There was a wonderful atmosphere and overwhelming feeling of respectful acknowledgement at the Coliseum on Sunday, not least for the great Russian impresario, Sergei Diaghilev but the overall work that has already taken place here over the last week.

The Diaghilev Festival pays homage to his work with the Ballet Russes, which spanned much of the early part of the twentieth-century and both he and the company are widely considered as massively influential to the arts and revolutionising the very notion of European dance. Recently I’ve noticed the appeal of this world to a new and younger audience; a distance away from the solely traditional opera and ballet audience who enjoyed the exclusivity of the genre. Diaghilev’s Ballet Russes were instrumental in creating this accessibility to all and this only demonstrates the lasting impression it has had on this blend of performing.

Sunday’s culmination of the festival illustrates excerpts from the six day programme. There’s a mixed bag of both opera and dance, though an overriding emphasis on the latter. Artistic Director Andris Liepa is an evidently very passionate man, introducing each production with love and vigour and sending out his thanks to all involved like a cringey Oscars speech. Musical director and conductor Alevtina Ioffe does a beautiful job of setting up and establishing the scenes so brilliantly executed by original composer Nikolai Rimsky-Korsakov.

It’s not just the obvious variety here; opera-meets-dance in both The Golden Cockerel (Coq d’Or) and Polovtsian Dances is something I’ve unfortunately never seen before but the contrasting tones of the selection are what really captivated me. The Golden Cockerel‘s pantomime feel and hilarity as the opera acted as narration in a comical tale felt refreshing and right.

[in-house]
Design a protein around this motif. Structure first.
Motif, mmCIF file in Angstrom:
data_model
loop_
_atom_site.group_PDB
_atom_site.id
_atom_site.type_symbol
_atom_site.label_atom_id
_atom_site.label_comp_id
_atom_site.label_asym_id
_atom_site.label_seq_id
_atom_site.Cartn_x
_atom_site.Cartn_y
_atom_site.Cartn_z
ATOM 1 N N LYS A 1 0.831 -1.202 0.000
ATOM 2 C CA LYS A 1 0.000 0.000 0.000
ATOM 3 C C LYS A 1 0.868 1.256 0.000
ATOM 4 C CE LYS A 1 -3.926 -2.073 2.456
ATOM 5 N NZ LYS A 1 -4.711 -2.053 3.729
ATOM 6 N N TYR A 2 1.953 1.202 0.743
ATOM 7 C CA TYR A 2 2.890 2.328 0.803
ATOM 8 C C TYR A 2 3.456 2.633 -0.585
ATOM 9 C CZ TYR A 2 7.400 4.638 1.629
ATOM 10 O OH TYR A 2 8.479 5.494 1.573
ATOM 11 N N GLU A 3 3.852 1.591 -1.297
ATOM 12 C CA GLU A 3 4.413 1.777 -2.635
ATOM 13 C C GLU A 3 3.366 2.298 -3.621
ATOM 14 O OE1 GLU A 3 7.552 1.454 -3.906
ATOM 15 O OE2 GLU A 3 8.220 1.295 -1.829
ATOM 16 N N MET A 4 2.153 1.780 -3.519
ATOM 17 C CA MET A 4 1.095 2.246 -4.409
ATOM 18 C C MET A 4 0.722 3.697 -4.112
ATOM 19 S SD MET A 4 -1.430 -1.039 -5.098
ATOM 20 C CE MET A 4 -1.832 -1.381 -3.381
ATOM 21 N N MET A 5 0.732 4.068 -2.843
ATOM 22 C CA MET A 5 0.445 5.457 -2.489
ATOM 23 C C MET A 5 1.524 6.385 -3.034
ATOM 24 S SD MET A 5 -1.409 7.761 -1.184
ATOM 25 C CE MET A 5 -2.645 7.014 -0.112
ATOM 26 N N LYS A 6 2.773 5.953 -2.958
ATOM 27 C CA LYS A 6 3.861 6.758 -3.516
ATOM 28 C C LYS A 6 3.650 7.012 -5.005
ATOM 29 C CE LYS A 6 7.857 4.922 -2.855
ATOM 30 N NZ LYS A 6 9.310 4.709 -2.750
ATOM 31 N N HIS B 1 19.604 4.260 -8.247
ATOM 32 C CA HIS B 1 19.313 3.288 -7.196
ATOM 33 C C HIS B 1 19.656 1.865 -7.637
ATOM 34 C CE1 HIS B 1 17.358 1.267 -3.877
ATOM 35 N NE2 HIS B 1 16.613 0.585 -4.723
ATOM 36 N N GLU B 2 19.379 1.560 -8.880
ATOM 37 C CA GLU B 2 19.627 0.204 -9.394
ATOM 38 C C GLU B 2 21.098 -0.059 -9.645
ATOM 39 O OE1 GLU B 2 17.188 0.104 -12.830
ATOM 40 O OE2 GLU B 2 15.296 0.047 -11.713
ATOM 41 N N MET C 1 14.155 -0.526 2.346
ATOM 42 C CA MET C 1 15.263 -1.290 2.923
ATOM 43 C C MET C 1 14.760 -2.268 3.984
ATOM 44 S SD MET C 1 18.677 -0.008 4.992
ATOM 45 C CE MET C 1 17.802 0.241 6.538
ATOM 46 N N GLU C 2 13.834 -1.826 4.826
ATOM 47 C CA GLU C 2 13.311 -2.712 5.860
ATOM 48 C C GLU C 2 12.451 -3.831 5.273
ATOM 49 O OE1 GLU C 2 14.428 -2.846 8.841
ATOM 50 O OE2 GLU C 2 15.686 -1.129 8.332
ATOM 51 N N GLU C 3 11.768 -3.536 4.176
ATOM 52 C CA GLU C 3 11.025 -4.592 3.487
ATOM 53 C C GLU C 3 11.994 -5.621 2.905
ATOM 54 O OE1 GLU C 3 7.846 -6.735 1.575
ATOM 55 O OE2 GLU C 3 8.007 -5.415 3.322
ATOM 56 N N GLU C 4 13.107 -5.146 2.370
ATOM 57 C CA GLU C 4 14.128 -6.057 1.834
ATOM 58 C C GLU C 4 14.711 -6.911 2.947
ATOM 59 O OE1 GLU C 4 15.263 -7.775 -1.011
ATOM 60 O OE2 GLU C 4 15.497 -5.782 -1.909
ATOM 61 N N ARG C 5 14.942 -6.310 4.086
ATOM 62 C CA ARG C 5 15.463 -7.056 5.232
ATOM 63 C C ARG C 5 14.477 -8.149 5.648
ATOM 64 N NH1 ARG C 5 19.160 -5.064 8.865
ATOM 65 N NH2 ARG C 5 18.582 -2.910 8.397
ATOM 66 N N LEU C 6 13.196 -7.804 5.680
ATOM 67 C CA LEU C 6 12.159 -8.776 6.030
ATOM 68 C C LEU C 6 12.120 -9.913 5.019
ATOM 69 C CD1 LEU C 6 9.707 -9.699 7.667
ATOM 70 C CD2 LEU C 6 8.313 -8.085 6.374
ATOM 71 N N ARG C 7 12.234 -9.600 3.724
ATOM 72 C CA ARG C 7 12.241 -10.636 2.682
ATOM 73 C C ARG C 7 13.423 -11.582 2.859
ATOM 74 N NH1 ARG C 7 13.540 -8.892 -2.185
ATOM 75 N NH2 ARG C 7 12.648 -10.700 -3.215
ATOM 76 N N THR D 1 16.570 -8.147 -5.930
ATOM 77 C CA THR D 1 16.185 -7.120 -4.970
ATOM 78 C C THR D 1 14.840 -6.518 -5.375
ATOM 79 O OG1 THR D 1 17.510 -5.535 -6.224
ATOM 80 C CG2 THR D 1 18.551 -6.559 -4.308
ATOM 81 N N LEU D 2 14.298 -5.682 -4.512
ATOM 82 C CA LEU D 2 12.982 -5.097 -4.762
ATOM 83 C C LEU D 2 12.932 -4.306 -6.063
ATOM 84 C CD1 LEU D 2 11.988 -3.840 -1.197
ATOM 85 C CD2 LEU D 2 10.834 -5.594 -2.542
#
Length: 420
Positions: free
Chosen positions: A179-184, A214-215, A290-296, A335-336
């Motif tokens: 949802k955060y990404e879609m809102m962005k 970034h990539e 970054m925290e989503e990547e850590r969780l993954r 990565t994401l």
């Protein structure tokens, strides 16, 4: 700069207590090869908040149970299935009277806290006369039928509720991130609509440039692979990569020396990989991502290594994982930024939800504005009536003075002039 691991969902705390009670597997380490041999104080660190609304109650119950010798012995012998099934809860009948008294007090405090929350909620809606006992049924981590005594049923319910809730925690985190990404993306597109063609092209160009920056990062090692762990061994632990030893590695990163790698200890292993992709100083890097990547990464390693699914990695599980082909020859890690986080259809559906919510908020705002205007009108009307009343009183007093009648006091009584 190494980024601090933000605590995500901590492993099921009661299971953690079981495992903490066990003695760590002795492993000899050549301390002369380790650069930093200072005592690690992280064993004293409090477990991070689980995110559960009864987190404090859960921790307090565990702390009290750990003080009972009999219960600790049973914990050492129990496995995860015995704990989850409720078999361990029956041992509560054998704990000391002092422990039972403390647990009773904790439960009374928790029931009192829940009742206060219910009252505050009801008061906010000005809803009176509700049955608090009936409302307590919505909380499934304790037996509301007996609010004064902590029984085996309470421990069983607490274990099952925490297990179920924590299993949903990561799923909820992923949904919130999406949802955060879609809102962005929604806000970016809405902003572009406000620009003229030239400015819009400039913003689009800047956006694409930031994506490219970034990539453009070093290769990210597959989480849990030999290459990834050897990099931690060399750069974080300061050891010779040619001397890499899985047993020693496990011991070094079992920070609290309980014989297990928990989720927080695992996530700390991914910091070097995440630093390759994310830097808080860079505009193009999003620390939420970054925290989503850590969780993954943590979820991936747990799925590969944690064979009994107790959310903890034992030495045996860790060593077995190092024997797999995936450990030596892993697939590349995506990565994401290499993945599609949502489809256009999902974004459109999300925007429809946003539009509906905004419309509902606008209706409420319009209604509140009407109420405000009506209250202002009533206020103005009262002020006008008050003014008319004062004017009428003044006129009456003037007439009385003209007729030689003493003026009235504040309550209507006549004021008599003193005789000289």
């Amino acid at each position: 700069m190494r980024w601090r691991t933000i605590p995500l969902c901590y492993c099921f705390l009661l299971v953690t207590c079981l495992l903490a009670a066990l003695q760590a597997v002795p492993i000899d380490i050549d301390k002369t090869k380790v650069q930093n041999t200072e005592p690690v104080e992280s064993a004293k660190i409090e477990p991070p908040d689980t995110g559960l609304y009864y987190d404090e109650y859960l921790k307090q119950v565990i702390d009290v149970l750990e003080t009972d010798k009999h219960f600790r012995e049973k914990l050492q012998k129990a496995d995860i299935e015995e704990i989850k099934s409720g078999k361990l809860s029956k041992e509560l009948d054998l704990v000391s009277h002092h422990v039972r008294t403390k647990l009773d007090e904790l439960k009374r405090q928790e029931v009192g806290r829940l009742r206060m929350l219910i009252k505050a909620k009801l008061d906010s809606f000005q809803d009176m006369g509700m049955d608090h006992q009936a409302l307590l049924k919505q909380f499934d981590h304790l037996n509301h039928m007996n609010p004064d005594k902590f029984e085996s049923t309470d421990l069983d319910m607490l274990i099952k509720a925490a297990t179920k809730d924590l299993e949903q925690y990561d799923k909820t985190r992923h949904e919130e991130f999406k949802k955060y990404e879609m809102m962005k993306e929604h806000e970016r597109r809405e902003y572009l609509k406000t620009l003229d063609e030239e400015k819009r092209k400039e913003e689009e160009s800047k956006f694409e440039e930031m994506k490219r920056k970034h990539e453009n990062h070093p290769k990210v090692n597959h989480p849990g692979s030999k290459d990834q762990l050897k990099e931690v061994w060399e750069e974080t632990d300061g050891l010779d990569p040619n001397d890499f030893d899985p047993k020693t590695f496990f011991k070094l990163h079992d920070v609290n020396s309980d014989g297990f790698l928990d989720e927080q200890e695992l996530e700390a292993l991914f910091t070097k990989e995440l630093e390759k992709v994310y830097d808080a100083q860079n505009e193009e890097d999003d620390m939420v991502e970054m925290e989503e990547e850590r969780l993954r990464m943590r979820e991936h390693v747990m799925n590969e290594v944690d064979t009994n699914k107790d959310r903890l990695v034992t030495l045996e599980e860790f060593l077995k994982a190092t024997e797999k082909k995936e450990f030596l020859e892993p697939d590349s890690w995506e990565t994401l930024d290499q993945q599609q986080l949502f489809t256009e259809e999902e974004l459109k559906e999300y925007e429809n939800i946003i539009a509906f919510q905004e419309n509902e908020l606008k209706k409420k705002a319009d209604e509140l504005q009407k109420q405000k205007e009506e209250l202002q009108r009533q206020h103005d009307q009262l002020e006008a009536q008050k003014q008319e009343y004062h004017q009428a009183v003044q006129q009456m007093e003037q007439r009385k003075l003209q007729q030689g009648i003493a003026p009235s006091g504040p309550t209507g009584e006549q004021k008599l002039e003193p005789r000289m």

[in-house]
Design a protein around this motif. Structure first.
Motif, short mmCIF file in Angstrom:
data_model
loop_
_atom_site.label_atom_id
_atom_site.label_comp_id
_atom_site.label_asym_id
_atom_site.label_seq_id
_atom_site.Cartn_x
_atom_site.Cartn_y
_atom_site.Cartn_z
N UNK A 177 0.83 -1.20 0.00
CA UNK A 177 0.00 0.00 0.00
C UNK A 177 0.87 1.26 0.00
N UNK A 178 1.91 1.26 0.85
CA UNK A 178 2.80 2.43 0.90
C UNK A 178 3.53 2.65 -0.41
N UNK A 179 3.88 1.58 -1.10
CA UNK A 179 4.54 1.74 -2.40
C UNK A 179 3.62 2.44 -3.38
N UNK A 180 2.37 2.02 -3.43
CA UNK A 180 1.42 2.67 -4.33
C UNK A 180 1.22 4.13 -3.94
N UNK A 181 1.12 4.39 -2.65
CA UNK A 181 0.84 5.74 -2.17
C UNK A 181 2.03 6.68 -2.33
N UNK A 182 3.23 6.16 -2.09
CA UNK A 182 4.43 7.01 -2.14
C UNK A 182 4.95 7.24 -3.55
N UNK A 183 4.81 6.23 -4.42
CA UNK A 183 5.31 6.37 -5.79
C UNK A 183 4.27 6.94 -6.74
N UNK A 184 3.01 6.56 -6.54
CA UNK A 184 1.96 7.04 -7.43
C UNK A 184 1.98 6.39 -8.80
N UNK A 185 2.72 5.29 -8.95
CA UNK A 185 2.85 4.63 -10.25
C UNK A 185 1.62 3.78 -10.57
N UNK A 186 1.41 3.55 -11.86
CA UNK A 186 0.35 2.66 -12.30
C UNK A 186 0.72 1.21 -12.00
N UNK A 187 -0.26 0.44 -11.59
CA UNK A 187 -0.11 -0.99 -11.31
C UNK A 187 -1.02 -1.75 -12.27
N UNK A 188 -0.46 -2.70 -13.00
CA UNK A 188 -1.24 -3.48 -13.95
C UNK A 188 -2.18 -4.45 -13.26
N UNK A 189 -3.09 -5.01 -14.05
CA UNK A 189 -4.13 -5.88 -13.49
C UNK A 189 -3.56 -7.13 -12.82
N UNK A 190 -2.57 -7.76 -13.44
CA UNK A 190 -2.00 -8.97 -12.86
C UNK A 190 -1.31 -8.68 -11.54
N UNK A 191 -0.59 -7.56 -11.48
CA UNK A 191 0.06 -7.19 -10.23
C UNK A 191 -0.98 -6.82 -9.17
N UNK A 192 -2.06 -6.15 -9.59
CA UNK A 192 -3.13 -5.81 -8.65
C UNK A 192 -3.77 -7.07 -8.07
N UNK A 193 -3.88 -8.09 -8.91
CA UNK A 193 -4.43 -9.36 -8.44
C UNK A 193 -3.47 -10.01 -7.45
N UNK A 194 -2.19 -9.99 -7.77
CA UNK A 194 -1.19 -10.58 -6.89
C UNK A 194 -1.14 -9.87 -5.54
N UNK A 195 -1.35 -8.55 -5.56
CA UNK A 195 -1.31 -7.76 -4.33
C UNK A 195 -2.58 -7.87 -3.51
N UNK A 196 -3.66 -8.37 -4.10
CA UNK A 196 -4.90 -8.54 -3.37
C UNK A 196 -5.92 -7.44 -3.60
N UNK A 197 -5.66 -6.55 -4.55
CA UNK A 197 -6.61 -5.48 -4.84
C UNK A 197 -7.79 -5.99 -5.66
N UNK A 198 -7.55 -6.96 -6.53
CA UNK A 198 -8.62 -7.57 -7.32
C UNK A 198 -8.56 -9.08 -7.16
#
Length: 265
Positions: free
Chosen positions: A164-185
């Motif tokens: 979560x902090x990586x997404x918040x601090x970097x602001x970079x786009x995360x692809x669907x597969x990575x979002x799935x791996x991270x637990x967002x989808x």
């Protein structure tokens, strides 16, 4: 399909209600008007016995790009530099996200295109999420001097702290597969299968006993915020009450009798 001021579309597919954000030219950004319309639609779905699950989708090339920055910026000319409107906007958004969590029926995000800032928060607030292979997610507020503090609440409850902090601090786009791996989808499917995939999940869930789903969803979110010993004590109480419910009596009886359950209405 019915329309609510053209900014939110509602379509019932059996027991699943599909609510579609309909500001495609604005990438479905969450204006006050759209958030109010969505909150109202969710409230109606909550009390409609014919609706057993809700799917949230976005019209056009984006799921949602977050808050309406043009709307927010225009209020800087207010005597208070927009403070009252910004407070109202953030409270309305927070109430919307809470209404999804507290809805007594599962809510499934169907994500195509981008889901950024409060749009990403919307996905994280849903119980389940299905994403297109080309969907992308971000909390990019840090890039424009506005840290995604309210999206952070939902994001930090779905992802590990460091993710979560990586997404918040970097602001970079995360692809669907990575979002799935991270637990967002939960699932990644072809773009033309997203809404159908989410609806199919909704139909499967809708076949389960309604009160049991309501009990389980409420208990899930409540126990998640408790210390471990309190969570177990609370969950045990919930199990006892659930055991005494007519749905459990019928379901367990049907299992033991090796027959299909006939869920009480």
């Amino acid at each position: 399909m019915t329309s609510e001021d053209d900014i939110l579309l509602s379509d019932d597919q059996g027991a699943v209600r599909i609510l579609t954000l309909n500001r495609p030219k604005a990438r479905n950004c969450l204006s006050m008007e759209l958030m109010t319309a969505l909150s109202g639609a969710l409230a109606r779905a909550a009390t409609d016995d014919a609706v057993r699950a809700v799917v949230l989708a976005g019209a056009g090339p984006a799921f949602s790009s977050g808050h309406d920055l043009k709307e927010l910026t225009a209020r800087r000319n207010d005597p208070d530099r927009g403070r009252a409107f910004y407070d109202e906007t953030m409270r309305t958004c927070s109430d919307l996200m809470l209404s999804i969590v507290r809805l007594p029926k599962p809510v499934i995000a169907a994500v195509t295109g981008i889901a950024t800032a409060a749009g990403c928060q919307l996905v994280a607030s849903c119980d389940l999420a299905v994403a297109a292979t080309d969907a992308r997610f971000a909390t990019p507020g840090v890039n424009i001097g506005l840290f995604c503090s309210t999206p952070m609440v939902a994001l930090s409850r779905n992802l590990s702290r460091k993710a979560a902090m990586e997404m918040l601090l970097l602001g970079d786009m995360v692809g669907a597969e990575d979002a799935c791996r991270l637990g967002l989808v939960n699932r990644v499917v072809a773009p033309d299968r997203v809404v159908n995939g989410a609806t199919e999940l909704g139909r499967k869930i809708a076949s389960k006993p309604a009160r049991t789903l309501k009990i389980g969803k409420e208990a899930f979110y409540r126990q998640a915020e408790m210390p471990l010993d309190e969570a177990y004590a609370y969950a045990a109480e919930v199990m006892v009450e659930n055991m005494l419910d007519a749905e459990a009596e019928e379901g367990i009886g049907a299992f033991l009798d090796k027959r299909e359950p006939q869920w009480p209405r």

Scheherazade‘s principal female ballerina, Julia Makhalina is stunning to watch and the chemistry between her and Artem Yachmennikov’s Golden Slave was potentially a little bit too naughty for the children in the audience – though not outright explicit it was very suggestive. They moved with intense longing and togetherness, drawing all attention from the colourful ensemble. Makhalina’s turn as a dying swan in the (surprise) penultimate segment was quite possibly the highlight of the entire afternoon; brief but emotionally catastrophic, her talent and awareness were just something else entirely. The stripped down, almost vacant set contributed hugely to the intended feeling of this piece and anything more would simply not have worked.

The three main productions in Sunday’s programme were overwhelming in their use of colour. Anatoliy Nezhniy and Anna Nezhnaya’s design for Scheherazade was a little cartoonish at times but there was a definite warm feeling of the East and likewise with the frantic Polovtsian Dances and Nicholas Roerich’s design. Vyacheslav Okunev’s interpretation of Natalia Goncharova’s 1913 set for The Golden Cockerel was joyously ironic in its traditional and OTT splendour, contrasting perfectly with the black and white evening wear of the opera singers.

A variety of talented choreographers factored hugely in making this event such a jaw-dropping experience. Michael Fokine’s arrangement for Scheherazade – not just for Makhalina and Yachmenikov’s sequence but with the entire ensemble – concubines especially was outstanding.

I do wish I’d seen the stripped back Chopiniana at this ‘recap’ but alas it wasn’t to be, though the series of productions that I did see would have definitely made Diaghilev very proud. I’m not sure this was exactly child friendly but it certainly made both my and other people’s afternoon that much brighter.

The Diaghilev Festival played at the London Coliseum. For more information see the English National Opera website.